Lots mild air and some rain is poised to head in our direction. Yes indeed, what a purging this is going to be over the next few days but with conditions remaining on the crusty and thin side, we might as well purge the system and start anew. I am not sure how many truly want the gory details of the mild weather and rain, if not just skip ahead to the next paragraph. After some freezing rain Saturday morning, the rain takes over during the day along with temperatures near or above 45 degrees. We should see some heavy rain from this system by Saturday evening and the result will be more significant damage to an already thin snowpack. Drier weather and snow flurries will return for Sunday but the airmass is Pacific in origin and temperatures should remain above the freezing mark in many low lying areas (sub freezing at the summits). Spring conditions will then re-emerge for Monday as another round of very mild weather pushes northward, essentially rubbing our noses in it again.
Alright then, I think I covered most of the bad news and most of this we already knew about anyway. One of the lingering questions in the last post was a potential second "warm" system, would it actually exist at all and how much rain would fall. Three days ago models failed to provide any consensus on this question and 72 hours later nothing has changed. That being said, there are some interesting developments that may or may not be good news. This potential second system, at the very least, appears to be a little slower in its arrival. This allows an extra day for the polar air to enter the equation by the middle of the week. An important disclaimer here however, Tuesday is still very mild and if precipitation arrives, it is very likely to begin as a rain and potentially a very warm one. As the polar jet sends its energy southeast Wednesday, it could infuse the storm with some much needed cold air as well as some energy. Lots of details need to be sorted out so its not worth getting into the nuts and bolts of all this too much except to say that some snow is back on the table as a possibility for Wednesday/Thursday. Some of this will be storm related some of this will be of the more terrain-induced variety. It could be a nice accumulation to get us jump started again or it could end up being next to nothing.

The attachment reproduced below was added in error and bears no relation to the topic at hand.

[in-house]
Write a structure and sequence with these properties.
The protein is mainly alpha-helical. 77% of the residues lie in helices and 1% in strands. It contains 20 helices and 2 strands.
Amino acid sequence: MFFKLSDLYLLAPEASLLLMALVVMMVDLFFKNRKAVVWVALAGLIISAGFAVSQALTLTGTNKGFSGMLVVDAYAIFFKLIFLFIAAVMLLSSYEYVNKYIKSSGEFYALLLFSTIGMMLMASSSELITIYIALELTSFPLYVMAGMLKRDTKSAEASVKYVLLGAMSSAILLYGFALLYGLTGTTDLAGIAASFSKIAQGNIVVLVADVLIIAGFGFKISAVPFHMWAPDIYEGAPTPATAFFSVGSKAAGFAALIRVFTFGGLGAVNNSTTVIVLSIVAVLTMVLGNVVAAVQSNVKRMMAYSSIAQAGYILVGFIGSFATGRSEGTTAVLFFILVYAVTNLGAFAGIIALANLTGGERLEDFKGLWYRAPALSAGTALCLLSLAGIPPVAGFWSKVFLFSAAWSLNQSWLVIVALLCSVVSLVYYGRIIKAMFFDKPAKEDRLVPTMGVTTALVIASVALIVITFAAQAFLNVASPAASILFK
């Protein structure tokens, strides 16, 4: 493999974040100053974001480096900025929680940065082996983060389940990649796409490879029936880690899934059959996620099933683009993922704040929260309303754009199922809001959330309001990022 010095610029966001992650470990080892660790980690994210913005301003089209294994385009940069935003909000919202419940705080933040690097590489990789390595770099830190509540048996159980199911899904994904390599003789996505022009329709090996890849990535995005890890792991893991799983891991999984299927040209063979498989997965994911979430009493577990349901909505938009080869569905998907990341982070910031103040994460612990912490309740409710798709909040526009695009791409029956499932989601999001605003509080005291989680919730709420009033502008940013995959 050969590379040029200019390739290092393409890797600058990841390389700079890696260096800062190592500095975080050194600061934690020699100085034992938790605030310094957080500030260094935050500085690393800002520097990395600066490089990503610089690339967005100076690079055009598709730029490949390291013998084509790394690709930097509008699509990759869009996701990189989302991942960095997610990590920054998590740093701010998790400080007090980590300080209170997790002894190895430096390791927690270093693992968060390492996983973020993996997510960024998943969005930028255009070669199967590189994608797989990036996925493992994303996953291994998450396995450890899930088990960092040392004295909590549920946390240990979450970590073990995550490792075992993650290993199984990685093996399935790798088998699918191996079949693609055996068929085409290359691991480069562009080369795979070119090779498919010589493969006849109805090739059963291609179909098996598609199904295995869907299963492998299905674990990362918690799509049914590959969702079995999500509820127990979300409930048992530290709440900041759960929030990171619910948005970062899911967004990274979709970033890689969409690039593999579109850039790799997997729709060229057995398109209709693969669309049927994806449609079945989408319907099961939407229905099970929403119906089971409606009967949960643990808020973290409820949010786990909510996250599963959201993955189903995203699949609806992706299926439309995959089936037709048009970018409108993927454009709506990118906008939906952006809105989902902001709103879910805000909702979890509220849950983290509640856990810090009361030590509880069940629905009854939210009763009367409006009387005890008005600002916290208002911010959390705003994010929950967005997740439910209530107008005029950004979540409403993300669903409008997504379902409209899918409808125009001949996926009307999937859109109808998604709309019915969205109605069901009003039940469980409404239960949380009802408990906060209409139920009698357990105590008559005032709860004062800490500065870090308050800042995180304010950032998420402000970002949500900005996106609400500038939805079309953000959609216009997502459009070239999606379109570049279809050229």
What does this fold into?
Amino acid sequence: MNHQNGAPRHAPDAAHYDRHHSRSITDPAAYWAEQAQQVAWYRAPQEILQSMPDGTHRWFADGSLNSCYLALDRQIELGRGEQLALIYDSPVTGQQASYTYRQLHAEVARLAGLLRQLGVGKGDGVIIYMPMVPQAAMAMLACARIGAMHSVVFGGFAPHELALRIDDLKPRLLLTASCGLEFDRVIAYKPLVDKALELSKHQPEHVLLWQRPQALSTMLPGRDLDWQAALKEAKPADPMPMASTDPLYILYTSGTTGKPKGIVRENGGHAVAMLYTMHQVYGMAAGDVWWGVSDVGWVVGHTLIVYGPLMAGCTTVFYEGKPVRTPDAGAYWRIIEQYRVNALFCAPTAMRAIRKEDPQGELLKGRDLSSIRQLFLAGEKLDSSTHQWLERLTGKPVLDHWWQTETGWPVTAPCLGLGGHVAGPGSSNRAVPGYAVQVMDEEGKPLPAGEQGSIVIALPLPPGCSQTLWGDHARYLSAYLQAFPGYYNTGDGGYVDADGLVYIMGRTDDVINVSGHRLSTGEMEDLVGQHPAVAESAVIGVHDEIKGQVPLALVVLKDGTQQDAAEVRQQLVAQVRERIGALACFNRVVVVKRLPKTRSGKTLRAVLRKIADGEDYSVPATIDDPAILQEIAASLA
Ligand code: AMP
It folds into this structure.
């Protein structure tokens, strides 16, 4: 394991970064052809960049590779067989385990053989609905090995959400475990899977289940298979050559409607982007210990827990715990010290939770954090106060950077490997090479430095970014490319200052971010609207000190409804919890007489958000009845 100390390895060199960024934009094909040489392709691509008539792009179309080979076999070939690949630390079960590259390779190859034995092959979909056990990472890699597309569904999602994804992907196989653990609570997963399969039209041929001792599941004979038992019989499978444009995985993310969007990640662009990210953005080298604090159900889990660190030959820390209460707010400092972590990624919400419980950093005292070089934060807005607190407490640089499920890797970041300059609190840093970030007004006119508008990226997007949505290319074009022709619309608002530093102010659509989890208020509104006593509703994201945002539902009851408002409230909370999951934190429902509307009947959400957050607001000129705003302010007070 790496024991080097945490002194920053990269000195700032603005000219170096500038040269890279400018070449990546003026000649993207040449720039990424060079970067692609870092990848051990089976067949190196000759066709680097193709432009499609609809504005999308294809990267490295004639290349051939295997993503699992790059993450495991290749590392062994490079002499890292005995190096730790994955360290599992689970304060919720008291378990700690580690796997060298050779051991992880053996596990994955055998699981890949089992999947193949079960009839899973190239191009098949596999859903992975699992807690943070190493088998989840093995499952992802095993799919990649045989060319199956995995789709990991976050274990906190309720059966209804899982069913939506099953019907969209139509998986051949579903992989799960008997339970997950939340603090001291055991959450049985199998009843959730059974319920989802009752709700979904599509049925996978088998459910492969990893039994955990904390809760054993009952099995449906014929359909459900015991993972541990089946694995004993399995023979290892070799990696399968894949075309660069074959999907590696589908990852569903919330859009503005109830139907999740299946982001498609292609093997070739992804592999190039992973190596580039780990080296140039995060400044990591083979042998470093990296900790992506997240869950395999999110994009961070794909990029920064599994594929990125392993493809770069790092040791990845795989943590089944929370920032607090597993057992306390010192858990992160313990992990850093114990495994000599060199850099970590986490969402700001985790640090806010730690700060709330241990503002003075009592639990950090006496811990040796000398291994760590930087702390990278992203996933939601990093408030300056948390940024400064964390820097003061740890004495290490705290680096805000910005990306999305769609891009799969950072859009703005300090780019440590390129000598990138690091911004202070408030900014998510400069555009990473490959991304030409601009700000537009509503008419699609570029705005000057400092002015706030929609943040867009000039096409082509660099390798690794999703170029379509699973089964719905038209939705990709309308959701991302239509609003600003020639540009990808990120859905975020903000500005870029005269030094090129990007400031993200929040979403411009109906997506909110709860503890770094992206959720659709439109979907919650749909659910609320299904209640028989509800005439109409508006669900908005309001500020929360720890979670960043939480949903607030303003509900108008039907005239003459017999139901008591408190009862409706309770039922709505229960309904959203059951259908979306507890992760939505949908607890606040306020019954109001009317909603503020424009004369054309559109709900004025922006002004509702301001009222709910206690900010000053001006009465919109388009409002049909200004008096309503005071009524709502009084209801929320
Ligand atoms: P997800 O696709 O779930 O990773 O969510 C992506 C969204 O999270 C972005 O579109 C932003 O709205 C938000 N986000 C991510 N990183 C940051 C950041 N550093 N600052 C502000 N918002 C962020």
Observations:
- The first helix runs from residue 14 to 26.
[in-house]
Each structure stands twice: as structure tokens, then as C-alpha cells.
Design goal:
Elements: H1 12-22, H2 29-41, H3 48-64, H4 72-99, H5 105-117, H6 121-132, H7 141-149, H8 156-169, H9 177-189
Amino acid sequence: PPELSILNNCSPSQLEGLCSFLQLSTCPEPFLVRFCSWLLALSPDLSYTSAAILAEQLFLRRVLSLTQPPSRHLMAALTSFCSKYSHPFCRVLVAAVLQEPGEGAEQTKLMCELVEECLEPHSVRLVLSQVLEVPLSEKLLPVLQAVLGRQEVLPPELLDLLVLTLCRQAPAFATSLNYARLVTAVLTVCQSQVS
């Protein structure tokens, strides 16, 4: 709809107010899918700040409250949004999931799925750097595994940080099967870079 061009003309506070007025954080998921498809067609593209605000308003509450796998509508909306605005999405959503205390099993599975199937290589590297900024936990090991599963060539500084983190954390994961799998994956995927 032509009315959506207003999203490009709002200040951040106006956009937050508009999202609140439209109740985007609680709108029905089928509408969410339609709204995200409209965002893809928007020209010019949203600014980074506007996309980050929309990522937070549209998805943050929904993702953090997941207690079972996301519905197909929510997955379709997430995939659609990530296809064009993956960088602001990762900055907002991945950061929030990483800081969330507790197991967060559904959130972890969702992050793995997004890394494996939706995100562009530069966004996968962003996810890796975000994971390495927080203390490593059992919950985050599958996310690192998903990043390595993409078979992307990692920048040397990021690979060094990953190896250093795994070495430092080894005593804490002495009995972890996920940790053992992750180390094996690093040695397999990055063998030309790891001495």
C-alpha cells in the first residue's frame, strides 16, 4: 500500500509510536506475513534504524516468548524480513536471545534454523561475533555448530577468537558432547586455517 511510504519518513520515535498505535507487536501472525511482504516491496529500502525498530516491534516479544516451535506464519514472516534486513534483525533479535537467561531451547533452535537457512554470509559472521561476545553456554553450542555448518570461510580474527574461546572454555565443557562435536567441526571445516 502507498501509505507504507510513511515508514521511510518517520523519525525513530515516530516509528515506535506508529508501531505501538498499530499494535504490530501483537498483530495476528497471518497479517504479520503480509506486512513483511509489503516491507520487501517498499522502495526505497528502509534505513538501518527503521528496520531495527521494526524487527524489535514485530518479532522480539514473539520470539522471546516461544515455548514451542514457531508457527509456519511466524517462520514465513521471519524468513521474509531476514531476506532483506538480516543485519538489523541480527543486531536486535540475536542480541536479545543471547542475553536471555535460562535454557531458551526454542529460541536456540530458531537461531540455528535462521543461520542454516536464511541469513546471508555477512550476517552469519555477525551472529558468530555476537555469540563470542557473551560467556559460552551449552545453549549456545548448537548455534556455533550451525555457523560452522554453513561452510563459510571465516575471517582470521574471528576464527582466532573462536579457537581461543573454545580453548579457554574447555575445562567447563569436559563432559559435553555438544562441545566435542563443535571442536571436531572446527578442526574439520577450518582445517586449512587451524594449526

Now to the good news. As of late Friday, the ensembles which not entirely sorted through the next 5 days with any consistency, also fail to provide a conclusive indication on the back 2 weeks of January. That being said, I am a strong supporter of the picture painted by the Euro and Canadian ensembles. They both allow a nice looking positive PNA structure to emerge and the Euro in particular allows this connection to the poles. This should close the door on the Pacific air and open the door for east coast amplifications and a storm track that should, in general, favor New England for snow. Its important to note that the American ensemble package does not agree with this assessment but the American is conforming to one of its best known biases which involves progressing the pattern too aggressively. In this case I think, way too aggressively. In short, I think this will prove to be an excellent period for New England ski country although I can't say for sure when our best powder days will be and how long it will take to replenish the ravaged bases of central and northern Vermont. Models have done a very poor job of accurately assessing the southern branch of the jet stream and its influence on the weather map. Again, models are suggesting that much of the snow in past Wednesday January 15th comes either by the way of clipper systems or terrain induced powder (The first such system comes on or just before that weekend of the 17th-18th). Some southern branch involvement could certainly produce a big storm in this pattern and it may be that forecasters will have some trouble finding this storm outside of a 5 or 6 day window.